Important Dates

Full papers: April 15, 2011
Notification: May 30, 2011
Final version: June 13, 2011
Conference: August 22-26, 2011

contact

MFCS 2011 PC chairs:
Filip Murlak & Piotr Sankowski


Invited Speakers

Alexandr Andoni, Microsoft Research Mountain View

Jörg Flum, Albert-Ludwigs-Universität Freiburg

Mai Gehrke, Radboud Universiteit Nijmegen

Daniel Kirsten, Humboldt-Universität zu Berlin

Prasad Raghavendra, Georgia Tech

Paul Wollan, Sapienza University of Rome

 

Abstracts

Nearest Neighbor Search in High-Dimensional Spaces by Alexandr Andoni

Nearest neighbor search in high-dimensional spaces is a ubiquitous problem in searching and analyzing massive data sets. In this problem, the goal is to preprocess a set of objects (such as images), so that later, given a new query object, one can efficiently return the object most similar to the query. This problem is of key importance in several areas, including machine learning, information retrieval, image/video/music clustering, and others. For instance, it forms the basis of a widely used classification method in machine learning: to label a new object, just find a similar but already-labeled object. Nearest neighbor search also serves as a primitive for other computational problems such as closest pair, minimum spanning tree, or variants of clustering.
In this talk, I will survey the state-of-the-art for the nearest neighbor search. I will give a flavor of the main algorithms and techniques involved, both some classical and some more recent ones. Along the way, I will highlight the current challenges in the area.

Invariantization of listings by Jörg Flum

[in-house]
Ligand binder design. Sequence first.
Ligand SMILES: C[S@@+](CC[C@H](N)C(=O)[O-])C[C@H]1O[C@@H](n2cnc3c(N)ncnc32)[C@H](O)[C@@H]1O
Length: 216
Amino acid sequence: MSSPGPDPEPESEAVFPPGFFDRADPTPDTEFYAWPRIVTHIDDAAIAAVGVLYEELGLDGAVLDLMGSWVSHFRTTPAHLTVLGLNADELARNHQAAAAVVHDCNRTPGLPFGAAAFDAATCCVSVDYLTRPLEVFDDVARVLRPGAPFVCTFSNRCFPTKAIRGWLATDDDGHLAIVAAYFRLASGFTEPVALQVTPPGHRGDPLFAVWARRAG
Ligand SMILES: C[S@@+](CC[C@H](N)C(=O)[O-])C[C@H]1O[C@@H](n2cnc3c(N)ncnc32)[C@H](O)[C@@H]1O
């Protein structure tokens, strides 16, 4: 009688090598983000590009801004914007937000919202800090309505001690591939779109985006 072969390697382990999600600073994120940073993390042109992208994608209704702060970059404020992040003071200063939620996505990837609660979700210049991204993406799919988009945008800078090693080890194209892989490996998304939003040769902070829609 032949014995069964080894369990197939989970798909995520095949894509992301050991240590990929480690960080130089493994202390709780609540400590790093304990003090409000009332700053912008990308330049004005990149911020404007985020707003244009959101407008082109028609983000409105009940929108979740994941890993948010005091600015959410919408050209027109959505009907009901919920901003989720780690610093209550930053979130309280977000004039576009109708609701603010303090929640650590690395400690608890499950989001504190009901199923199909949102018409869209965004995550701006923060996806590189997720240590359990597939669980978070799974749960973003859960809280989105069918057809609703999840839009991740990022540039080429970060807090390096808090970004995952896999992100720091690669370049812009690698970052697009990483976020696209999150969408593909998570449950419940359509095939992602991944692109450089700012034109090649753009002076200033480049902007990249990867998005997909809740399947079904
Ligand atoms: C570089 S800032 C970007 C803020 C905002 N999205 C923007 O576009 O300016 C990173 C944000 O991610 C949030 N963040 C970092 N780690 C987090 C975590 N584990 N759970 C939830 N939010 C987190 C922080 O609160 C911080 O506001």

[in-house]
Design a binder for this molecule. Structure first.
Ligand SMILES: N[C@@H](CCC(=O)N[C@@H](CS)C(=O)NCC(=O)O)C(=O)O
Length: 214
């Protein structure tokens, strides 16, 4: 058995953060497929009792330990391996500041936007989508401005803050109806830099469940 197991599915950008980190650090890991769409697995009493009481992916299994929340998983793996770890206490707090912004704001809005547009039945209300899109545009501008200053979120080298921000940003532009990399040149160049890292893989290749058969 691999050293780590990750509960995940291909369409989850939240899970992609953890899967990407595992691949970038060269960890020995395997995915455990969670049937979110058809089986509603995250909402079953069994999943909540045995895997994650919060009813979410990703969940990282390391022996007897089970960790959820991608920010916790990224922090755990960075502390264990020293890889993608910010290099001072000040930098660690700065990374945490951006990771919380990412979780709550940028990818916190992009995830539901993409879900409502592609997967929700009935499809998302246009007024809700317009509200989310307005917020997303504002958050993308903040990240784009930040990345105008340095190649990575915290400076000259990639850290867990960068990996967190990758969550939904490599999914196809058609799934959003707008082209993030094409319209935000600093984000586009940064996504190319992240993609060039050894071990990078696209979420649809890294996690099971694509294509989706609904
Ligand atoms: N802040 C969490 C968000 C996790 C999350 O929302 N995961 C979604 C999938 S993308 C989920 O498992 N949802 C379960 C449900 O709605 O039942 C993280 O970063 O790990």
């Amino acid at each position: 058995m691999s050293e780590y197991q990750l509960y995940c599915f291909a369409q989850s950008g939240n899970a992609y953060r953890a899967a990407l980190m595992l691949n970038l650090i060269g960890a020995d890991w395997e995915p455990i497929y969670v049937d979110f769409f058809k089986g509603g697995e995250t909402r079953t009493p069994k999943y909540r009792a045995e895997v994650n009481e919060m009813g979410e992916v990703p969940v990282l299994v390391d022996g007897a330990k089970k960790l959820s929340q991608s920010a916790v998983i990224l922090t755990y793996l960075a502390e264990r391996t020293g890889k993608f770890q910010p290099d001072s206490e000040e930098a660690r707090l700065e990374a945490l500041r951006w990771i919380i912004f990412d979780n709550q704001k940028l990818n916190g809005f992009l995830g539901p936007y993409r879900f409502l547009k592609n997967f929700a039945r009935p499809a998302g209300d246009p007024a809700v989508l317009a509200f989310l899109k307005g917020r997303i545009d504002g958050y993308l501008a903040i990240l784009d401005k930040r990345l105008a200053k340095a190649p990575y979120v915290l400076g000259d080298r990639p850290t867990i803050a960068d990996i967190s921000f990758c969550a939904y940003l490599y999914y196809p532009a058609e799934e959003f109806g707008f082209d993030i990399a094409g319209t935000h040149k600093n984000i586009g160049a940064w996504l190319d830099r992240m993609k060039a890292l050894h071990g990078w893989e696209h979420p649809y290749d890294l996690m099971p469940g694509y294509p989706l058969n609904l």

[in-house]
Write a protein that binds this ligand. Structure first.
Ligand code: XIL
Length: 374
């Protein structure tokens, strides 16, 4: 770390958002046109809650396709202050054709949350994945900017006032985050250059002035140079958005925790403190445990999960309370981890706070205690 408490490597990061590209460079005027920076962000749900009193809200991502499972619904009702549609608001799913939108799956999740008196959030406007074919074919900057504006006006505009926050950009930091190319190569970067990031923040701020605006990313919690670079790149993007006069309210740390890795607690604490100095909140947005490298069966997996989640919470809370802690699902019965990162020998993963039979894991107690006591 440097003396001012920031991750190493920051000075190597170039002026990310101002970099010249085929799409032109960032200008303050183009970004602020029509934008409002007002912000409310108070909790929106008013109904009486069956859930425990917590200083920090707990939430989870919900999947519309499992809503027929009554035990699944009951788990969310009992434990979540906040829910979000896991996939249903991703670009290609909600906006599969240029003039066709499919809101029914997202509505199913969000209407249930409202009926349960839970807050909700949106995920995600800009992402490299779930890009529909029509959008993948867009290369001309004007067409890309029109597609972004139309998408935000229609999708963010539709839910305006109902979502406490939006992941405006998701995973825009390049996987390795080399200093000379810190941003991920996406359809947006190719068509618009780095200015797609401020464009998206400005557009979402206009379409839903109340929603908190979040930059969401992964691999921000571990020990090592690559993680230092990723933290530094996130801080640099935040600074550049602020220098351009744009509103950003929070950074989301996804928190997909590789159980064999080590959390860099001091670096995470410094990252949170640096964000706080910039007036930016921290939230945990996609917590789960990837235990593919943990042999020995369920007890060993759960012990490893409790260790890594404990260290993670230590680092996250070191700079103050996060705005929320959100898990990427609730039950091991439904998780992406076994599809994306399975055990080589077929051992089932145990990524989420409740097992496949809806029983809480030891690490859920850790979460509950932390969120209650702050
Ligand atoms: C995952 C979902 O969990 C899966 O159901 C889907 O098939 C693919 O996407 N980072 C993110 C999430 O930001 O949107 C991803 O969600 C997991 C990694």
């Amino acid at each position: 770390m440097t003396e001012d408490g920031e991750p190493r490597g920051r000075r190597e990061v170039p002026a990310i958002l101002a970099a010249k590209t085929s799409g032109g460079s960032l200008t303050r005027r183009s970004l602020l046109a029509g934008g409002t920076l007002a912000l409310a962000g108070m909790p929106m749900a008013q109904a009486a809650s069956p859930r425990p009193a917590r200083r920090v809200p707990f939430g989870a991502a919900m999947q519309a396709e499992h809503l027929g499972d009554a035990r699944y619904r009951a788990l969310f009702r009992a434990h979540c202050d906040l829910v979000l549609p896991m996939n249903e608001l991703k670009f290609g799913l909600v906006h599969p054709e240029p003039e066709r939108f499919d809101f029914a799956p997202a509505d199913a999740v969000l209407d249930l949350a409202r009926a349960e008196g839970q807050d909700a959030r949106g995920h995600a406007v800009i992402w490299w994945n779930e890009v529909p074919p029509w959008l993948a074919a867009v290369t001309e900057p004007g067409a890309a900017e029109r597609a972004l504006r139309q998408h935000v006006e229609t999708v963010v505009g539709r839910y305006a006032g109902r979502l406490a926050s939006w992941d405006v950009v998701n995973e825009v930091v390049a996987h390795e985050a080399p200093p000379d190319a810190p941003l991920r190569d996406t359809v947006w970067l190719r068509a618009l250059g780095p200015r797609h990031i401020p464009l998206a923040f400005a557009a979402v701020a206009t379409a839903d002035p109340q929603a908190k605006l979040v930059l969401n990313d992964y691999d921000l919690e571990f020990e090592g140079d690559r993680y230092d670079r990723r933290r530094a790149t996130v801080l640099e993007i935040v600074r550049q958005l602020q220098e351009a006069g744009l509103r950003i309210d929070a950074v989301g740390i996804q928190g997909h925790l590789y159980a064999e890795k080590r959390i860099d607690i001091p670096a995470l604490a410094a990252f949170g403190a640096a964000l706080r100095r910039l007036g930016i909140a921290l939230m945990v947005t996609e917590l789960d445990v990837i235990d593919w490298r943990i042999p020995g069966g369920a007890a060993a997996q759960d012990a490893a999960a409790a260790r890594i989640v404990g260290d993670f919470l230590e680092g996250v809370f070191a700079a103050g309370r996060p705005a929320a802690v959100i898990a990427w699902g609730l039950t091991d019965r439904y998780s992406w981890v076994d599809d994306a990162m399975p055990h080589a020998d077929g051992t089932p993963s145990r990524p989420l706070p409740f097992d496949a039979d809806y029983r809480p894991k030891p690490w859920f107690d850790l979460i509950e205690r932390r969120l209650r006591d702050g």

We consider a halting problem for nondeterministic Turing machines and show via invariantization of listings the relationship of its complexity to

  • the existence of almost optimal algorithms for the set of propositional tautologies;
  • the existence of hard sequences for all algorithms deciding a given problem;
  • the existence of logics capturing polynomial time.

Duality and recognition by Mai Gehrke

The fact that one can associate a finite monoid with universal properties to each language recognised by an automaton is central to the solution of many practical and theoretical problems in automata theory. It is particularly useful, via the advanced theory initiated by Eilenberg and Reiterman, in separating various complexity classes and, in some cases it leads to decidability of such classes.
It turns out that this theory may be seen as a special case of Stone duality for Boolean algebras extended to a duality between Boolean algebras with additional operations and Stone spaces equipped with Kripke style relations. This is a duality which also plays a fundamental role in other parts of the foundations of computer science, including in modal logic and in domain theory.

In this talk I will give a general introduction to Stone duality and explain what this has to do with the connection between regular languages and monoids.

This is joint work with Serge Grigorieff and Jean-Éric Pin.

Some Variants of the Star Height Problem

In the talk, we present a new approach to the decidability and the first upper complexity bound to Eggan's famous star height problem from 1963: is the star height (concerning rational expressions with union, concatenation, and iteration) of a given recognizable language effectively computable?